The *Algemeiner Zhornal* of the time reported on the "fourth miracle" - 
that a secular Zionist leader would express himself in such religious 

Rav Yisrael Eichler, in another article in Yom Hashishi, notes that
whenever the spoke, Rabin defined himself as a Jew and wanted with all
his heart to do his duty as a Jew. He agreed that the Jewish education
in Israel had failed totally. It was he who resisted the pressures of
various forces to force all Yeshiva students into the army. He wanted to
know more about Yiddishkeit, and complained that he had not been
taught. (Another article, by Yossi Ben Aharon, mentions that one Rosh
Hashanah, when he was the ambassador in the US, Rabin went to a
Conservative synagogue. When he returned, he said that if he ever became
religious, he would want to be Orthodox).

Rav Menachem Porush, in that same issue, mentions that Rabin was not 
happy that his government had to rest on Meretz for its majority, and 
wanted to have religious parties join it as well, and he was upset that 
he had been painted into a corner by Meretz so that Agudah had been 
unable to join the government.

Rav Porush mentions that when the question of importing non-kosher meat 
came up, he, Rav Porush, shuttled back and forth between Rav Shlomo 
Zalman Auerbach and Yitschak Rabin, to formulate the proper text. 
Rabin, he said, showed a very great deal of respect for Rabbi Shlomo 
Zalman's views. Similarly, when the question of El Al flying on Shabbat 
came up, Rabin crushed the proposal.

I would also like to add comments from two other articles in *Yom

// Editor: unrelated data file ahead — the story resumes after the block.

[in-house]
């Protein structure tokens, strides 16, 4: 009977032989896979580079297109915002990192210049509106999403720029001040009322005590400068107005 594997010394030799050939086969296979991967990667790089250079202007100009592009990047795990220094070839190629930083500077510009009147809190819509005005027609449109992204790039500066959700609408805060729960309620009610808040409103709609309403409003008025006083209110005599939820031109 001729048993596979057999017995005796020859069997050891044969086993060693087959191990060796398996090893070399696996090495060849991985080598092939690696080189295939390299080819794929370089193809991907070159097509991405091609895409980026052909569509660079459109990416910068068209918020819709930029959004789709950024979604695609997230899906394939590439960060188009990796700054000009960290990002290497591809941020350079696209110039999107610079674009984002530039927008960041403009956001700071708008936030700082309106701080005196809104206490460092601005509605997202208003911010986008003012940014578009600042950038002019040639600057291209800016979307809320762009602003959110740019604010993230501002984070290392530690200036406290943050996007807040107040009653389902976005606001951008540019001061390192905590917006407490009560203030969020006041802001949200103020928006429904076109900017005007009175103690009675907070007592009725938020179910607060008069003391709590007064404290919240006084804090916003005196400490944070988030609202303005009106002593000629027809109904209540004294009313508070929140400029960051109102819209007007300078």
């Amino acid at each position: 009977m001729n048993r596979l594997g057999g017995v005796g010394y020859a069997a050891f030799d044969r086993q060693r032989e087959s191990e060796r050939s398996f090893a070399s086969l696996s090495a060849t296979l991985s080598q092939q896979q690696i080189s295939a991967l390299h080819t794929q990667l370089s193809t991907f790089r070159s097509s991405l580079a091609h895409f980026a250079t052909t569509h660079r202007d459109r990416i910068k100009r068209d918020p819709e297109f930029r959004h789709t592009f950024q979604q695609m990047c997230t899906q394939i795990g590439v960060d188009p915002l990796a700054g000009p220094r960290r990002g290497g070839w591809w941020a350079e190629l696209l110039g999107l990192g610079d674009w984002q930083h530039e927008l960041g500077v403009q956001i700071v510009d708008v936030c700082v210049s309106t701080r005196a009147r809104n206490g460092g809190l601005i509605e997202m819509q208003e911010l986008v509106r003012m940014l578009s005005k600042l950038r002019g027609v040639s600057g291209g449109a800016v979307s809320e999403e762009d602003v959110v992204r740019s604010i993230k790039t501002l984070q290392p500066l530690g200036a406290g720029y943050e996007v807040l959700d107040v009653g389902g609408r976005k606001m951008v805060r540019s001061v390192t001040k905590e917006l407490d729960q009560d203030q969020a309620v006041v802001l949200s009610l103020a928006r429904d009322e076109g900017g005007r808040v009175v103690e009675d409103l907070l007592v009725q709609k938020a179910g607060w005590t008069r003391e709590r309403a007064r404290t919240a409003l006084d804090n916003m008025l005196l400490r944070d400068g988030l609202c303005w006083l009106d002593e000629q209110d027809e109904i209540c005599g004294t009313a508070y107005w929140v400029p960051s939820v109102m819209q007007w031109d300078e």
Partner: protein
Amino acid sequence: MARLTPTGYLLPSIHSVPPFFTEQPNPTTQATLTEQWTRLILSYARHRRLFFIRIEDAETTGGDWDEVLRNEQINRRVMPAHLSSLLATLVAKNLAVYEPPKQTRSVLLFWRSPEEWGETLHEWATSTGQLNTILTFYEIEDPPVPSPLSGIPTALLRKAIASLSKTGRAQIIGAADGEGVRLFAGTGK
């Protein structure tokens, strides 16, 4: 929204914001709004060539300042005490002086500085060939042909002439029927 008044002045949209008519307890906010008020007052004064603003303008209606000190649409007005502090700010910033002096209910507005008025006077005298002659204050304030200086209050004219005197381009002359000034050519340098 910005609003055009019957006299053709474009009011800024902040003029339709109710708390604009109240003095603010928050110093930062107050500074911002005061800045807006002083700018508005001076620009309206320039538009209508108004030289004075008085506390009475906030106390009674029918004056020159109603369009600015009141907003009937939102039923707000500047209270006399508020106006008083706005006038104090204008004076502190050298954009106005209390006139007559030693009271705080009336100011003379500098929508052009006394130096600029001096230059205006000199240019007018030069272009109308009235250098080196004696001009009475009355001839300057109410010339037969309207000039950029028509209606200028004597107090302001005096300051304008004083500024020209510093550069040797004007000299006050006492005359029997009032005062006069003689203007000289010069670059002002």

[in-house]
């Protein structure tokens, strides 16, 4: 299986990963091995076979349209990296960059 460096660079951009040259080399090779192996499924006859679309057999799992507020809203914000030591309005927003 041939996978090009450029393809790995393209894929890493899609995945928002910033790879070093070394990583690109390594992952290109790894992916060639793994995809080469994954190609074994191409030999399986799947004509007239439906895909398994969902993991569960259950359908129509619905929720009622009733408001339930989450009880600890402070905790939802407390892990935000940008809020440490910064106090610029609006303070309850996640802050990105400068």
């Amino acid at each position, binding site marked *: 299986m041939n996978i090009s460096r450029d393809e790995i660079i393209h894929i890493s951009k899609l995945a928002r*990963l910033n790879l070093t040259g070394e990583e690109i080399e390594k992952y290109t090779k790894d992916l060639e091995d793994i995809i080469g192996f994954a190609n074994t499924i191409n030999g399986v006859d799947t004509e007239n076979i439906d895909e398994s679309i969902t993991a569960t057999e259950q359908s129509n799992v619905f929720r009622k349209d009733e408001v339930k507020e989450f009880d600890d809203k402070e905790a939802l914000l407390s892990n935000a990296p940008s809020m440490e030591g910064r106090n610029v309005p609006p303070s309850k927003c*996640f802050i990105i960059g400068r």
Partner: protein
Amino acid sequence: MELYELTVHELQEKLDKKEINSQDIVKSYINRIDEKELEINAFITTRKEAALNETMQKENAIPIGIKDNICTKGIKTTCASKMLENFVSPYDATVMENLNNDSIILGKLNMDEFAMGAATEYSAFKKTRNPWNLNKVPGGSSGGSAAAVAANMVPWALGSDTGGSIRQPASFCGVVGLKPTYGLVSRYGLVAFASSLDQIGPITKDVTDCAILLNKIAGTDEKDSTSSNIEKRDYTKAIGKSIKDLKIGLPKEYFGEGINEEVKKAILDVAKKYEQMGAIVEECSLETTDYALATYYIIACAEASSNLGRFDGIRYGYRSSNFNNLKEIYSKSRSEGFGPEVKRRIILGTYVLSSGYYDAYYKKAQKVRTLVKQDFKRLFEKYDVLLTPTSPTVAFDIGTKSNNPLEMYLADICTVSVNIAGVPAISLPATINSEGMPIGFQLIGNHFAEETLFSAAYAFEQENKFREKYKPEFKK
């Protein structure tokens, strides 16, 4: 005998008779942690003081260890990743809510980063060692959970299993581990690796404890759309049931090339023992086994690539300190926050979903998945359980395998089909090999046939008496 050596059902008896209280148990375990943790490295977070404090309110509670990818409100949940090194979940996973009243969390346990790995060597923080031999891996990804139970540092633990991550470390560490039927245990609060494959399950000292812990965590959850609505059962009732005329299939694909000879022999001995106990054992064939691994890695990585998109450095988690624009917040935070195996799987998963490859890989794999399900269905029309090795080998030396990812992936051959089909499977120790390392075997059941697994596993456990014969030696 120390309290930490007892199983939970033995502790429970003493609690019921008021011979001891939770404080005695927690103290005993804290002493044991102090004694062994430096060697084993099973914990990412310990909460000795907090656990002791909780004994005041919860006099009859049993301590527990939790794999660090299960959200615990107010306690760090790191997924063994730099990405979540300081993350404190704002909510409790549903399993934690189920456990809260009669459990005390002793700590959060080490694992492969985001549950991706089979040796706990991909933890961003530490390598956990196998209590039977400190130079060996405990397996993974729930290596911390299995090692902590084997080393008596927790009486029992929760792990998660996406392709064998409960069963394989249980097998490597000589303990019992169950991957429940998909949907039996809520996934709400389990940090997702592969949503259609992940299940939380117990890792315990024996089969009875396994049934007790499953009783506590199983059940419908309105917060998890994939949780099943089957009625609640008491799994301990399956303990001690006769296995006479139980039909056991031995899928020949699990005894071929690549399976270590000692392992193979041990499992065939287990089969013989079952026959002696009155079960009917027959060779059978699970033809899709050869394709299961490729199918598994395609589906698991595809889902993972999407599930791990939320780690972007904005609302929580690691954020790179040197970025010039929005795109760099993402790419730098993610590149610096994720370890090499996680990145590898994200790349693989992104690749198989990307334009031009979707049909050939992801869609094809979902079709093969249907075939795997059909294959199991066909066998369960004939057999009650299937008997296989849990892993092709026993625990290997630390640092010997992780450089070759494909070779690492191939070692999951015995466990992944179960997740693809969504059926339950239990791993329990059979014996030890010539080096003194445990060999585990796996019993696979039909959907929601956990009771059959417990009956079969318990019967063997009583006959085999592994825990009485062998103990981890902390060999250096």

a) Yehudah Wachsman, father of the late Nachshon Wachsman, hy"d, noted 
how, just before Rosh Hashanah this year (the same day the Oslo 2 
accords were signed), even though it was an extremely hectic day, Rabin 
called him personally to wish the family Leshanah Tovah.

b) Shmuel Hollander, who is religious and a former Shaliach Aliyah in 
New York, and who now is the Government Secretary (the one with the 
kippah sitting next to the prime minister in all the photographs of the 
Israeli cabinet), writes how Rabin surrounded himself with many 
religious staff members, including Hollander himself and Elyakim 
Rubinstein (whom Hollander succeeded - Rubinstein is now a judge), the 
deputy director-general of the Prime Minister's office, and the Prime 
Minister's Advisor on Terror. Hollander adds that in all his time with 
the prime minister, including travelling abroad with him, he never had 
any problems with Shabbat or Kashrut. Similarly, when a loophole in the 
law made it possible to import non-kosher meat (and the cheaper 
non-kosher imported meat might lead families who kept kosher to stop 
doing so), Rabin worked unceasingly to change the law. Hollander adds 
that while some might see this simply as a political ploy to gain 
votes, he, Hollander, knew for a fact that Rabin did this "out of a 
strong internal belief that this was the right thing to do if one 
wished to preserve the Jewish character of the State."

On a personal level, Hollander relates that once, very late at night, 
he brought Rabin a note that needed to be signed. After Rabin signed it 
and apologized profusely for keeping him up so late, he asked Hollander 
if he was going home. Hollander replied that he had to go to the office 
to finish the processing of the note. Rabin asked him how he was to go, 
and Hollander replied that a government driver was waiting to take him. 
Rabin then went down to the government car, shook the hand of the 
astonished driver, and thanked him warmly.

All of the above bears out Rav Amital's comments that our love for
non-religious Jews is not necessarily one of "Ahavat Hinnam" -
undeserved love - but among them, too, there are those worthy of our
love because of how they serve the Jewish people.

           Shmuel Himelstein
22 Shear Yashuv Street, Jerusalem 97280, Israel
    Phone: 972-2-864712: Fax: 972-2-862041
   EMail address: <himelstein@...>


End of Volume 22 Issue 2